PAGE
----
BELFAST Celtic and St James’ Swifts will consider their options before launching any appeals following on from the decision to award Dunloy FC the coveted Ballymena and Provincial League title.
The league winners have an opportunity to move into the Premier Intermediate League – the third tier of local football.
However, Dunloy will require an extension from the IFA regarding the deadline for getting their home ground up to standard.
Following a series of votes, the decision to award the North Antrim club the title after finishing the season on a points per game average has angered their West Belfast counterparts, who were challenging for the crown.
Belfast Celtic chairman Jim Gillen has suggested that the club will launch an appeal to the IFA and has queried why the Ballymena League have reached their decision before many other local football leagues have decided the best way of concluding the 2019/20 campaign.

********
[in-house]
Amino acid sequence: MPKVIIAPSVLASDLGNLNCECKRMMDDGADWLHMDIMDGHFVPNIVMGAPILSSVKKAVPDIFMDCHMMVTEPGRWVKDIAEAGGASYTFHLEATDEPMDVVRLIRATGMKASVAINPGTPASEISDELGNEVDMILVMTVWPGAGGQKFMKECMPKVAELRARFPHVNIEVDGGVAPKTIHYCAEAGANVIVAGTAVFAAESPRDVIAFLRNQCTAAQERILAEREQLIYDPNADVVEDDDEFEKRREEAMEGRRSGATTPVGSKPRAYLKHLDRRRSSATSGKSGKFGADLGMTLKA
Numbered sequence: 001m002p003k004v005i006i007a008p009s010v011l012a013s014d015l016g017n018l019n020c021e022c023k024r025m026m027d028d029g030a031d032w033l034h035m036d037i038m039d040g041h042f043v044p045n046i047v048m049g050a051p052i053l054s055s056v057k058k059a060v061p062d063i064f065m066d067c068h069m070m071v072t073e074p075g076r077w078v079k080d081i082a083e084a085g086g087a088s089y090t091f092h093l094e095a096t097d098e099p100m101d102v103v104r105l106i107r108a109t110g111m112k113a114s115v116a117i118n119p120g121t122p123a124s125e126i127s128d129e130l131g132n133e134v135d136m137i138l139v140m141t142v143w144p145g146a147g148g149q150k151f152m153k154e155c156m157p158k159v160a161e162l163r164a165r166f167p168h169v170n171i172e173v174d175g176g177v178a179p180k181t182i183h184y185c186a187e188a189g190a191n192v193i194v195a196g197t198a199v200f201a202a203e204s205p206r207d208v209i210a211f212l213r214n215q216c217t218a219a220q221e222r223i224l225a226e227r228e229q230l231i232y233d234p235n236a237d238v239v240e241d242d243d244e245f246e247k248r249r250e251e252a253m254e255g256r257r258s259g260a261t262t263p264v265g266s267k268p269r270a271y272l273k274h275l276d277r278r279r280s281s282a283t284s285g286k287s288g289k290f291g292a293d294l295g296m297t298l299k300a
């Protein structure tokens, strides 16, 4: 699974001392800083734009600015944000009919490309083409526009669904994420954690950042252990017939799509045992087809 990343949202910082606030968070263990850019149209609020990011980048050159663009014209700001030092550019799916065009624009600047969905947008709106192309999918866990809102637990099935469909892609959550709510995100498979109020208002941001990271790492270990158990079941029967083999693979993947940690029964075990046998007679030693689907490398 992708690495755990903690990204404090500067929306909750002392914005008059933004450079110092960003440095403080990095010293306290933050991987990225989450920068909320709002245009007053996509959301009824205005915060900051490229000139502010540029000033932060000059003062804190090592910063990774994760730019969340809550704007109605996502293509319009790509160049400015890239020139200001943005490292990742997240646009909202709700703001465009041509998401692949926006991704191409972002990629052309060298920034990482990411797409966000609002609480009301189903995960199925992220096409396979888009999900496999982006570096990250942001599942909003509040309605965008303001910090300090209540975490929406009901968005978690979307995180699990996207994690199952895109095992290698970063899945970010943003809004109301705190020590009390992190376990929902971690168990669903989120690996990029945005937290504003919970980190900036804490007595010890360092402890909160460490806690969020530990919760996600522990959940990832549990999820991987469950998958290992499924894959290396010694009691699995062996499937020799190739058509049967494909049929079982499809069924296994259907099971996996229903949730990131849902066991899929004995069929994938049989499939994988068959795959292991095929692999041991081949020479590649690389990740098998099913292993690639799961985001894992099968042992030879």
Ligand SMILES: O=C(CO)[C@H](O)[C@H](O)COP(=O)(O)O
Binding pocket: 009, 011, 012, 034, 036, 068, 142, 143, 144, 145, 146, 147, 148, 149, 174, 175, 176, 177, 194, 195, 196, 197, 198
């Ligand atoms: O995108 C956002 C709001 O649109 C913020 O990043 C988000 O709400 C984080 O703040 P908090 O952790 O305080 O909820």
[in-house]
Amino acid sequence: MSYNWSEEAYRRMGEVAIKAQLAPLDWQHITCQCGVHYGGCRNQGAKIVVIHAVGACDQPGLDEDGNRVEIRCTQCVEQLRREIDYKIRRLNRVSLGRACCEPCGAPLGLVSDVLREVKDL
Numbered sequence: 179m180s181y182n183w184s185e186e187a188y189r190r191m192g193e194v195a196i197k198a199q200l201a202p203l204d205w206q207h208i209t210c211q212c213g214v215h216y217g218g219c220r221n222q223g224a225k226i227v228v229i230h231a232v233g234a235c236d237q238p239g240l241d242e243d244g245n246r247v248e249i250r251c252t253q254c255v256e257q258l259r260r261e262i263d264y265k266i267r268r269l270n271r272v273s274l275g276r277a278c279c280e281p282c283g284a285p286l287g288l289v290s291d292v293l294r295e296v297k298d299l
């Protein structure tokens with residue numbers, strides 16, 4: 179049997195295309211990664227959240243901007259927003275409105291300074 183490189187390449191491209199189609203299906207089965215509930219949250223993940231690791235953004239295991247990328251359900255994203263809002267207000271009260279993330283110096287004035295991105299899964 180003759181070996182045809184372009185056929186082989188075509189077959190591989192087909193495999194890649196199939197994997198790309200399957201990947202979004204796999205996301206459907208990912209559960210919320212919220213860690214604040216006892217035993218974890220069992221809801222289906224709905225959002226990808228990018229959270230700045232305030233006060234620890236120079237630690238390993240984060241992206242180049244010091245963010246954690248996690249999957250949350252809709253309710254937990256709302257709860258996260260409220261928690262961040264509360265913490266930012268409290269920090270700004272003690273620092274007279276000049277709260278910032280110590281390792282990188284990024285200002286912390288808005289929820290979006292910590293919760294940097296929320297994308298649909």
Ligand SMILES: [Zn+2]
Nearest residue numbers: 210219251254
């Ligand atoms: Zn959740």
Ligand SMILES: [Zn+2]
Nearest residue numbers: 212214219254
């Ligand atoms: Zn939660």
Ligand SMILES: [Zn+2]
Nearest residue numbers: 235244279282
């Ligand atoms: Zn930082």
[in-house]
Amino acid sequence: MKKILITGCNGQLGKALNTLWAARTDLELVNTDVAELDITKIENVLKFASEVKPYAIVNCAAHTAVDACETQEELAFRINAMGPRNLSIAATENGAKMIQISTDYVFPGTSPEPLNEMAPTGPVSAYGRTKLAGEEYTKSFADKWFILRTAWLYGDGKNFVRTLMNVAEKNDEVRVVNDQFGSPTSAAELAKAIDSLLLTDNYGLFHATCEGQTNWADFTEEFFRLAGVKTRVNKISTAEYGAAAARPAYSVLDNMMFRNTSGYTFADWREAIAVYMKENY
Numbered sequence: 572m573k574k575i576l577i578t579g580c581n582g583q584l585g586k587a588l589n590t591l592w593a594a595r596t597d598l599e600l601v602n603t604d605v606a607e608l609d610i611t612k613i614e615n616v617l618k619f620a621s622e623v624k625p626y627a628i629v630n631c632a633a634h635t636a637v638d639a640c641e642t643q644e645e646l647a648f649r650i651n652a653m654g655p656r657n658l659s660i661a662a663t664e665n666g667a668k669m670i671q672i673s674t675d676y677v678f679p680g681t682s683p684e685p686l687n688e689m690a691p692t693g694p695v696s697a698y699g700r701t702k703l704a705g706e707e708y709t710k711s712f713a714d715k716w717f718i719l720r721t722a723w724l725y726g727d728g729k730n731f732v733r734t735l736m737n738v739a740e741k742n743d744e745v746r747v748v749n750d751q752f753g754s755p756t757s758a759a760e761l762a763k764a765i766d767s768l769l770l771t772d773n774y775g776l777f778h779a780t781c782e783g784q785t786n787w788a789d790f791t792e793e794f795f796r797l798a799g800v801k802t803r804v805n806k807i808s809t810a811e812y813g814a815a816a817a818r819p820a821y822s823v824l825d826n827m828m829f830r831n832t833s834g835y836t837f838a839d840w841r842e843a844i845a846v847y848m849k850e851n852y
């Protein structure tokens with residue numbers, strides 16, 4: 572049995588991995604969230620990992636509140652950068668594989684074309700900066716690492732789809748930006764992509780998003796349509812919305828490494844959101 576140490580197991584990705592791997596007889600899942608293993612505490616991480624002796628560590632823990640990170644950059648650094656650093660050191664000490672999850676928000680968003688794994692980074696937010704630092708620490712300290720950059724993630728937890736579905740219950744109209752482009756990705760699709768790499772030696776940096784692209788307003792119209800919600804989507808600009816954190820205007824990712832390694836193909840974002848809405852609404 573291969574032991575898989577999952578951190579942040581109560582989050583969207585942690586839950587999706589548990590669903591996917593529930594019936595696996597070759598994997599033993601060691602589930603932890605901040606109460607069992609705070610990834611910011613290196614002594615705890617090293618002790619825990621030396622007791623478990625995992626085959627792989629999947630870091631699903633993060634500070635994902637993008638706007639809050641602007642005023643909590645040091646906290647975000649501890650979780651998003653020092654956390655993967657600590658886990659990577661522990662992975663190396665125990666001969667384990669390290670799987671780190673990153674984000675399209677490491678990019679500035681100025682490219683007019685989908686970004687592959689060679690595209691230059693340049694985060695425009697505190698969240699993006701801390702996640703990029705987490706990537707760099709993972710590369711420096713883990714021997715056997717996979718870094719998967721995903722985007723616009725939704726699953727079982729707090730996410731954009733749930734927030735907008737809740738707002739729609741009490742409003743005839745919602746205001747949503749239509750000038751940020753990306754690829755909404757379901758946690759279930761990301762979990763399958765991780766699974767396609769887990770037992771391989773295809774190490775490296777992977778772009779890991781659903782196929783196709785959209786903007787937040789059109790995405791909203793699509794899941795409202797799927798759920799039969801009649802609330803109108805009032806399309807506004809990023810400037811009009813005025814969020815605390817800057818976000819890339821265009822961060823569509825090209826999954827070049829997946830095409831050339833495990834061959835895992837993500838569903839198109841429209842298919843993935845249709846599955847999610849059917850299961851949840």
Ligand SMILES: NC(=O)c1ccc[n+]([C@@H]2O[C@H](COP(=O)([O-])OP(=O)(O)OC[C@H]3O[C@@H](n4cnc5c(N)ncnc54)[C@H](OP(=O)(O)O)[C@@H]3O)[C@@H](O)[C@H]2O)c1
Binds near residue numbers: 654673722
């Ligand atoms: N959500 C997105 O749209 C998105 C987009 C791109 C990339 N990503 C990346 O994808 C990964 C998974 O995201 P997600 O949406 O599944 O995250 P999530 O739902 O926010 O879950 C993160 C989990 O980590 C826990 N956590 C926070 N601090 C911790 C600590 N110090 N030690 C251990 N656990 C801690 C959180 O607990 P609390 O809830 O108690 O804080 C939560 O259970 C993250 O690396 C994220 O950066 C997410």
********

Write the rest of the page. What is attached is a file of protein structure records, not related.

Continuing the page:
“If you look at the first round of voting, the majority view was clearly to void the season. They claim it was done on a democratic basis, but they’ve removed that option from the subsequent votes,” stated Gillen.
“They said it had to be done through sporting integrity, where is the sporting integrity when Dunloy could have been caught?
“All we can do is appeal to the IFA. If the IFA are going to finish the Premier Intermediate League, then why can’t we finish the Ballymena League?
“It is the same standard. It isn’t as though we are reliant on council pitches – we all have our own grounds.
“You can very tightly control who goes in and who doesn’t go into your ground.
“We are looking to see what options are open to us at the minute, but we certainly aren’t happy with this decision. To me, it goes against everything in a sporting sense.”